Red Phalaropes

Discussion in 'Birds' started by Tim Z, Dec 31, 2005.

  1. The last time I saw and photographed Red Phalaropes was in the 80's. While Phalaropes fall under the "shorebirds" category, they do not walk and feed along shorelines, sandbars or mudflats like typical shorebirds. Instead, they swim and feed in deep water (usually in the ocean along the tidelines). Since they are usually out in the ocean during migration, photography can be difficult. Red Phalaropes are somewhat uncommon here in the Victoria area, but in some years can be abundant. This year they are later than usual, and with the recent storms, have been blown inland in search of food. The ones I photographed today were found on Langford Lake. I used my kayak to get close for these hand held shots. I do not have a VR lens, and it was a very dark cloudy day. Here area few samples of what I came up with.

    D70s with Nikkor 300 f4 afs & TC-14E II
    ISO 500

    Cheers

    Tim

    [​IMG]

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  2. very nice series on a species I was unaware of.
    dave
     
  3. Beautiful images, your post processing is wonderful. Nicely done.
     
  4. Gale

    Gale

    978
    Jan 26, 2005
    Viera Fl
  5. Bob Coutant

    Bob Coutant Moderator Moderator

    May 17, 2005
    Pleasantville Ohio
    Wonderful set of images -- simple and graceful
     
  6. Flew

    Flew

    994
    Jan 25, 2005
    Alabama
    Tim,

    You have a very steady hand my friend. These are excellent shots for hand held, from a kayak, at 420mm. Heck, they are excellent shots if they were shot from a tripod on dry land. :wink:
     
  7. Thanks Frank. I used to do a lot of hand held shooting from my kayak, but I am finding it more difficult now with this new gear. I guess it is probably because the 420mm is acting like a 600mm with the digital gear. I used to shoot a lot in the ocean where the water was never still, but even in the calm lake today it was a REAL challenge. I plan to head back out there tomorrow and try it again with just the 300mm and SB-800.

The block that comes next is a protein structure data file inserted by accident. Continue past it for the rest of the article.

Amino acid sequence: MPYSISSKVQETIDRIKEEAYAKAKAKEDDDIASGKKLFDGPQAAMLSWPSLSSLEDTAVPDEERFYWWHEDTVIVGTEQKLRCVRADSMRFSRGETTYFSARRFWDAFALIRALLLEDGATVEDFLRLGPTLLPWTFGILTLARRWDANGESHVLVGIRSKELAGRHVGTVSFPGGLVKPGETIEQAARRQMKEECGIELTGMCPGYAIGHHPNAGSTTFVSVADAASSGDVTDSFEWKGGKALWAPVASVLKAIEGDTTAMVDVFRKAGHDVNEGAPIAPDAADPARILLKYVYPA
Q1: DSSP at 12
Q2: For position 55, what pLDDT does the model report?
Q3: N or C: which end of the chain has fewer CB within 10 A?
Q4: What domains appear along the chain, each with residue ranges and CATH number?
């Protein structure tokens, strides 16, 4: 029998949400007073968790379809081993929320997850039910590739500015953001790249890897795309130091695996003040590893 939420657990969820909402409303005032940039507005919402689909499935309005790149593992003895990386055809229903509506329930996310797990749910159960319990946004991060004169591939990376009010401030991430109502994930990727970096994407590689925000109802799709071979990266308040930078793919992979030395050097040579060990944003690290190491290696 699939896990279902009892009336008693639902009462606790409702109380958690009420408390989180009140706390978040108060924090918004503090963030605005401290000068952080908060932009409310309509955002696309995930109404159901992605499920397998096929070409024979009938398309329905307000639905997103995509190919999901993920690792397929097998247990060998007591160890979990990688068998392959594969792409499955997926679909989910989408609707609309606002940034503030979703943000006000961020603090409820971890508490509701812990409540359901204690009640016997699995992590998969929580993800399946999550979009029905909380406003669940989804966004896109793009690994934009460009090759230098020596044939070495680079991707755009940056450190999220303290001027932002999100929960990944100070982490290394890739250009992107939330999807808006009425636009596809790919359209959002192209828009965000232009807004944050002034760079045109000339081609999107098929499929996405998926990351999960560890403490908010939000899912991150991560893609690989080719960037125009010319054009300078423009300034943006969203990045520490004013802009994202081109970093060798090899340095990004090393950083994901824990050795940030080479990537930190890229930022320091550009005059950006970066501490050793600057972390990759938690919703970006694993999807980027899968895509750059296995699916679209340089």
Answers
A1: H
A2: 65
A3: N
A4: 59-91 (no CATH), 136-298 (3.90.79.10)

Thanks Gordon. I have only been at DSLR photography since July 2005, but I am getting better with CS2 processing every day. I use Power Retouche Pro for sharpening and Neat Image for noise reduction. I find that they have helped a fair bit over the CS2 built in tools. I have my monitor calibrated with Monaco Optix, but I am still unsure if they are correctly calibrated, as I see a fair amount of images posted here that appear a bit overexposed on my monitor.

    Cheers

    Tim
     
  8. Beautiful series, Tim. And thanks for the explanation.
     
  9. amazingly sharp for handheld from a kayak, I am very impressed! And definitely a species hard to get close to, I'm also jealous ;-) I've only seen these in Alaska! Sometimes here we get the odd Wilson's Phalarope, but to get a photo of this quality would be nothing short of a miracle, lol.
     
  10. Thanks Janet

    Yeah, we get the occasional Wilson's Phalarope here as well. Red-necked Phalaropes are generally the most common Phalaropes here during migration, but about once every decade or two, we get a big run of these Red Phalaropes through here. Has the birding community hopping these days. I was planning on going back out today and trying it with just the 300mm and flash, but we are expriencing 50 to 70km winds with gusts up to 100km/hr. Not a day to be out in my kayak. :frown:

    I can't wait for Nikon to come out with prime VR lenses, which should be helpful for hand held kayak shooting. :smile:

    BTW, I'm jealous that you've been to Alaska. During my serious birding days, my dream was to go to Attu. My buddies went, but I could never afford it. Even mainland Alaska would be an awesome adventure, especially when all the breeding birds are there.

    Cheers

    Tim
     
  11. Yeah Tim Attu was on my "someday" list but of course now it is no longer possible. Perhaps one day they will open it up again. Meantime, there is plenty to see on the mainland, and the Pribiloffs are still possible! Unfortunately on our trip in July 1999 it RAINED just about every day and while even so it was magnificent, it was frustrating for birding. Plus of course, no digital camera back then!! So I certainly hope to go back some day soon--hope that you can make it there too (heck, you can drive there from where you are--if you have a couple of months!)
     
  12. Even from here, Alaska is still a REALLY LONG drive! Since I am now semi-retired, time is not my problem, but money is. I make my very humble living now from my photo sales and home recording studio. At this point, there's nothing left for travelling. :frown: I still dream that some day I will make it up there though; and yes, the Pribiloff's would be one of my main destinations. :smile:

    Cheers

    Tim
     
  13. Very nicely done Tim. I just captured my very first of this bird this past weekend. I had it identified as a the same a Red Phalarope. I found it on the Long Beach Peninsula of Washington.

    I'll post it.

    Louie
     
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